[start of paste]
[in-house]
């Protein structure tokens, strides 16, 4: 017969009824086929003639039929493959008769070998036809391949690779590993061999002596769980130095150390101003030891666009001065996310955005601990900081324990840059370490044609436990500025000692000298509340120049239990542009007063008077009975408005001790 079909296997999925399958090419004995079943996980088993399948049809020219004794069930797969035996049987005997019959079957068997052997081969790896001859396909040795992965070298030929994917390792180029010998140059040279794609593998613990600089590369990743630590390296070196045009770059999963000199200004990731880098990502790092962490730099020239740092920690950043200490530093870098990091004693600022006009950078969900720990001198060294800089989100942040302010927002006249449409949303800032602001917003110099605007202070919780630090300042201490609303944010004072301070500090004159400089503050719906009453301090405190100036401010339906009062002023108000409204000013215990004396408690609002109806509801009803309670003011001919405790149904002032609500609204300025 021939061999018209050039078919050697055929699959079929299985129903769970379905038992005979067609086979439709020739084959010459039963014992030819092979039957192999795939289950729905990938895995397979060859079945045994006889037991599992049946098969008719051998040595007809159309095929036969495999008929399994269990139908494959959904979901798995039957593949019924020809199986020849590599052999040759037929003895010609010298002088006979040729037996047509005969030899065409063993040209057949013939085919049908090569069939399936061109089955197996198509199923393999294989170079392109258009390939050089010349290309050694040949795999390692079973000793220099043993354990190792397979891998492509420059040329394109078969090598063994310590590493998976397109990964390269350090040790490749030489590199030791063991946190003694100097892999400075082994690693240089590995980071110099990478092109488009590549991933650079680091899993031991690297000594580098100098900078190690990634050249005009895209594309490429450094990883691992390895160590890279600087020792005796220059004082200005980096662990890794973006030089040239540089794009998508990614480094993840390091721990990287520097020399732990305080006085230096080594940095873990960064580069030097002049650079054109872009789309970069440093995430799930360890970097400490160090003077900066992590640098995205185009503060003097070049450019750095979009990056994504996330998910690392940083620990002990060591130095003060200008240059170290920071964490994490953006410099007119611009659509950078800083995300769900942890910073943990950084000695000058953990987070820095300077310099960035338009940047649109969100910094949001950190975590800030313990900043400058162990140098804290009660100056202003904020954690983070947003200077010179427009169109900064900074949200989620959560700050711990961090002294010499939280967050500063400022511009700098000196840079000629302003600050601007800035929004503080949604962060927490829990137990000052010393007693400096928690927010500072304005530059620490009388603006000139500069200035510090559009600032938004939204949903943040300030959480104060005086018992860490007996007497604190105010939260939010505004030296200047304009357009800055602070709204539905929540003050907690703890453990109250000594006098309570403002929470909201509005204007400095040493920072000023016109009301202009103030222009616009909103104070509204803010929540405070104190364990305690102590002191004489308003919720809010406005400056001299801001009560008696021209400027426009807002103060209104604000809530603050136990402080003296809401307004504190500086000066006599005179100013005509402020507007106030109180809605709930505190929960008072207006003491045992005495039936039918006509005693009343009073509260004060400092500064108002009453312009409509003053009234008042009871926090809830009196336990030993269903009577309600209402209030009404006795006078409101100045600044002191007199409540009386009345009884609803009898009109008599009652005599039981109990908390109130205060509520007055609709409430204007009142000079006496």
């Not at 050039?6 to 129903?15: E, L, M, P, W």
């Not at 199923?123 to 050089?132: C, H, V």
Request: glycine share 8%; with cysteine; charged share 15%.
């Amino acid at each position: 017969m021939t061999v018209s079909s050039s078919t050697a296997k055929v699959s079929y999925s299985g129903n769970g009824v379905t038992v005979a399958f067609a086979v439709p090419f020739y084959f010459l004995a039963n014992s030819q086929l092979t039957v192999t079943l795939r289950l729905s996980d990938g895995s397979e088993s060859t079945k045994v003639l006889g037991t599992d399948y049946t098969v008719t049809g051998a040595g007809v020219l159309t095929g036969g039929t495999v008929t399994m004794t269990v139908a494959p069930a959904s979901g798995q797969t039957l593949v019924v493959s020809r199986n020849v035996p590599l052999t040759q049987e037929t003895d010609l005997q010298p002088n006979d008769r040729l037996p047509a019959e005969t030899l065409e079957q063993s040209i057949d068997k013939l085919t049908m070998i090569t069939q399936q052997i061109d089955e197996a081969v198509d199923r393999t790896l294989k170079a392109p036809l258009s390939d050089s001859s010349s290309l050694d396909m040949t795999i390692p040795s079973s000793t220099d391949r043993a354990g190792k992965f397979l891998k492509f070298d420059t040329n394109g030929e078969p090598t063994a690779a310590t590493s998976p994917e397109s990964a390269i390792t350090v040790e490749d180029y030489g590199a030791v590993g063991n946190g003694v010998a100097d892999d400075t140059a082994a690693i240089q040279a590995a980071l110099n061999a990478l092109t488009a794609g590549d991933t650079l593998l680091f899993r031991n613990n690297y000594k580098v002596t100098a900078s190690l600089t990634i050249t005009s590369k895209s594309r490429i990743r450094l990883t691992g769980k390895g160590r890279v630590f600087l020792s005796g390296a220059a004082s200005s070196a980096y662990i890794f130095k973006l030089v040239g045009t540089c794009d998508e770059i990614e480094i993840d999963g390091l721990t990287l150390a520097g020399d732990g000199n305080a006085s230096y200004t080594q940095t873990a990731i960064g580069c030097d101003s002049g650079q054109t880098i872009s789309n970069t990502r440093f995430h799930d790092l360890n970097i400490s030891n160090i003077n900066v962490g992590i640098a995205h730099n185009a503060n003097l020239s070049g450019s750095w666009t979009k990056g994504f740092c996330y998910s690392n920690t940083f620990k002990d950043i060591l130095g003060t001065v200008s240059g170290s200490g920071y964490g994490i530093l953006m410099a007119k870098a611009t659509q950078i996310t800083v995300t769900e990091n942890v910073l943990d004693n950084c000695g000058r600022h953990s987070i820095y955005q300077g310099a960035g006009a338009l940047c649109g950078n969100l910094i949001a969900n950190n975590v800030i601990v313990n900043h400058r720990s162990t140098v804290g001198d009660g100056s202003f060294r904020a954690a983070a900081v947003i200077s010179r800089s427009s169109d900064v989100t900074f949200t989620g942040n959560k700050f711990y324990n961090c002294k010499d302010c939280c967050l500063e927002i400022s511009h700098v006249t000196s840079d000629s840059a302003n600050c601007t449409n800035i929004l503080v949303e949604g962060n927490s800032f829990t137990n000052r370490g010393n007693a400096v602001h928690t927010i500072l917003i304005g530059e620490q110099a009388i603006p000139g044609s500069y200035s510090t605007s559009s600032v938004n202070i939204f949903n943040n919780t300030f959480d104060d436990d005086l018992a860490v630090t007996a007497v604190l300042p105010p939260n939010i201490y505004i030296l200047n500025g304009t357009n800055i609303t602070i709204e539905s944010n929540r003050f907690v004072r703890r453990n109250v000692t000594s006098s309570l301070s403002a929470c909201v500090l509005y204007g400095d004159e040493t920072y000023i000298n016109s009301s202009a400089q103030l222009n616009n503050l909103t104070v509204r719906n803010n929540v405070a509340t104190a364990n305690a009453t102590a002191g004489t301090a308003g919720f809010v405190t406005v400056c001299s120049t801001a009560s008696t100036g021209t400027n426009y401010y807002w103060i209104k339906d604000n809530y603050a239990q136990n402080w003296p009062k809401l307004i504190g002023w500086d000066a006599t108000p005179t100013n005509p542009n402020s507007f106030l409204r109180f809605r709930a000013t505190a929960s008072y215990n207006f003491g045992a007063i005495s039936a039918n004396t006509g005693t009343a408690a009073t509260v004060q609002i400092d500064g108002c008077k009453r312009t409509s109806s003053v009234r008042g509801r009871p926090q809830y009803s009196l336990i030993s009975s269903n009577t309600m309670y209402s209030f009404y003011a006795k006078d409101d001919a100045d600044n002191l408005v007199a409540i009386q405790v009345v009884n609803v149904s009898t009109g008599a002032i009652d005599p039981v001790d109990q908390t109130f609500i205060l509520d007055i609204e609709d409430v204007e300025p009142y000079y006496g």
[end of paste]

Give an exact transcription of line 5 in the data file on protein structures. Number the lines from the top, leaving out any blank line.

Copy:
Request: glycine share 8%; with cysteine; charged share 15%.